With two Republican senators absent, Vice President Mike Pence traveled to Capitol Hill to cast the tie-breaking vote to confirm Brownback, a favorite of Christian conservatives for his views on same-sex marriage and abortion. The vote was along party lines, 50-49, underscoring the narrow margin Republicans hold. Pence’s vote also was needed earlier in the day to get Brownback’s nomination over a procedural hurdle.

Now, it's obvious -- with that cliffhanger vote -- that Brownback's enemies came loaded for bear. You can also see, in the AP wording, that the battle over this nomination was fought along culture-wars lines. Note this: He is a "favorite of Christian conservatives for his views on same-sex marriage and abortion."

Noted. Thus, it is going to be crucial, in this story, to cover the reasons that the cultural and religious left opposed him so strongly. That's part of the story.

However, it would also be crucial to note why Brownback was nominated for this particular post in the first place. What actions did he take, what causes did he support, during his long career that caused his supporters to support this nomination? I would add: Were all of his supporters on the right?

Anyone want to guess which side of this equation AP all but ignored?

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Roadmaps should guide us, including through Sudan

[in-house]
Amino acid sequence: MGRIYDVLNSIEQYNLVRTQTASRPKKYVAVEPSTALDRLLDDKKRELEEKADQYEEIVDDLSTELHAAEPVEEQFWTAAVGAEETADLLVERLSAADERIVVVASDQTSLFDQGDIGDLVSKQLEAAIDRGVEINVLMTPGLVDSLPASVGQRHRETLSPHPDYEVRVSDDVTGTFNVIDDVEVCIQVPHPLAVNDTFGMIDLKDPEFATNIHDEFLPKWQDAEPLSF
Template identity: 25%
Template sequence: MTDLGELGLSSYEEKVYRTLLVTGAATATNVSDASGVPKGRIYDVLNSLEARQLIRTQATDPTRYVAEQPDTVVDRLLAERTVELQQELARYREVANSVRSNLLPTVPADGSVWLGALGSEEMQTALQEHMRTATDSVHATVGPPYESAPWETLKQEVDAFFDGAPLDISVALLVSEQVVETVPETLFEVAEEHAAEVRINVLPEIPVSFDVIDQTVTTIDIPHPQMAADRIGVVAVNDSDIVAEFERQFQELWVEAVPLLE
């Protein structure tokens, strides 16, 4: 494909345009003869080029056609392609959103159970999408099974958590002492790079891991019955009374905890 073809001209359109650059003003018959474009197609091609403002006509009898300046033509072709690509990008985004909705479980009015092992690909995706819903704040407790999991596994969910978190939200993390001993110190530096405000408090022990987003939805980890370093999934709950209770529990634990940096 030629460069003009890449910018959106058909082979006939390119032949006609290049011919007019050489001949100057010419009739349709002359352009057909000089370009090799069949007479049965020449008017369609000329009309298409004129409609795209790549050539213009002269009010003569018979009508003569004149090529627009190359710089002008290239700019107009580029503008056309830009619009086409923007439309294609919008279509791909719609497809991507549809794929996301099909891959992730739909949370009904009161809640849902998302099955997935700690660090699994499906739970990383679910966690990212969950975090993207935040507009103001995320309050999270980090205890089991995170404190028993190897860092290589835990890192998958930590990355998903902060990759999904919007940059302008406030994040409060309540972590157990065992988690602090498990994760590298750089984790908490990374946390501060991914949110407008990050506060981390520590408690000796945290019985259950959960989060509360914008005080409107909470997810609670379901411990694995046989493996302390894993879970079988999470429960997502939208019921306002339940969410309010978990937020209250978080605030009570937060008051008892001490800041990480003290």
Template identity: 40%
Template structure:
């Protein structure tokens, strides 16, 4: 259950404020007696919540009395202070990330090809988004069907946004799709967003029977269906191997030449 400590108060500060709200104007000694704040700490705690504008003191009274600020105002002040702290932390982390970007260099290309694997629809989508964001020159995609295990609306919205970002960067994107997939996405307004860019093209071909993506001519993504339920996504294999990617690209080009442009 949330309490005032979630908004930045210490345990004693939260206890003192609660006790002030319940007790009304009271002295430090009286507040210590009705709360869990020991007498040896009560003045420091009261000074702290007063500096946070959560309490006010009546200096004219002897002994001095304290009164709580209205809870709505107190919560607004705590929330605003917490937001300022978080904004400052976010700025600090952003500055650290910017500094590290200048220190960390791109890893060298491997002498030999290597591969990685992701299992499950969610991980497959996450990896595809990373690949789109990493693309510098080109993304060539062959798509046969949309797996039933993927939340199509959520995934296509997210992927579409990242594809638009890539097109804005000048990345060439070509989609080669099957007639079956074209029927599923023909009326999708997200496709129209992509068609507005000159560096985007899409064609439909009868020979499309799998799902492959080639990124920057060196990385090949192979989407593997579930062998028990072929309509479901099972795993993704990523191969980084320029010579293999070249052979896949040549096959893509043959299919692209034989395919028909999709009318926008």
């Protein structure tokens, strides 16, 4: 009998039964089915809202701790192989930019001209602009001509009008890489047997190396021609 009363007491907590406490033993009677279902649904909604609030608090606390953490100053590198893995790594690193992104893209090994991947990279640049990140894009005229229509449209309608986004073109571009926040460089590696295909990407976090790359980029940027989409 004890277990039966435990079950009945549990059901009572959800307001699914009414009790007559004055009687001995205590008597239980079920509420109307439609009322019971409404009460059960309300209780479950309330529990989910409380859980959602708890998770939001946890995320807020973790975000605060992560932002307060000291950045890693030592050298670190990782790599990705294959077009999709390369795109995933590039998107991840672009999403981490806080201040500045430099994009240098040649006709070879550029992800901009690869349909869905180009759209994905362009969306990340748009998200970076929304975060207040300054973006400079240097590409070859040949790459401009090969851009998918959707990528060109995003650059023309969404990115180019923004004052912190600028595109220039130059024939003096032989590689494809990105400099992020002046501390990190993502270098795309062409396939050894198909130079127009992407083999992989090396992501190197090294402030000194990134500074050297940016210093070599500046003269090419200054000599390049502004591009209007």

Sudan may be hard for geography-challenged Americans to find on a map, but Reuters — one of the largest news organizations — is an old hand at world coverage. Unfortunately, Reuters presents more of a puzzle than a map in its update on the case of Mariam Yahya Ibrahim, who has been desperately trying to escape Sudan with her husband, her child and her life.

As you may remember, the militantly Islamic government of Sudan accused Ibrahim of deserting Islam for Christianity and for marrying an American Christian man. Her original sentence was 100 lashes for “adultery,” then execution for “apostasy.”

On June 23, an appellate court overturned the decision, and the family prepared to leave the country — only to have security agents re-arrest her at the airport in Khartoum. Now let’s see how well Reuters follows up.

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Pope addresses world peace AND persecution (again)

Pope addresses world peace AND persecution (again)

Covering speeches is tricky, I tell the students in my reporting classes.

A good public speaker says all kinds of interesting things before he or she gets to The Big Idea, the point to which they have been building all along. A good reporter, on the other hand, has to find a way to take The Big Idea -- especially if it is truly newsworthy -- and plant it right at the top of the story, while maintaining a sense of context.

The reporter can add the other important details later, I tell students. The key, as every journalist knows, is not to "bury the lede." And may the journalism gods have mercy on a reporter who misses The Big Idea altogether.

This brings us to one of the most symbolic moments in the annual cycle of the Catholic liturgical year -- the short message delivered by the pope at Christmas that is called “Urbi et Orbi,” which is Latin for “to the city and the world." This is not the sermon in the Christmas Mass, but an address that is, to be blunt, aimed at the public square.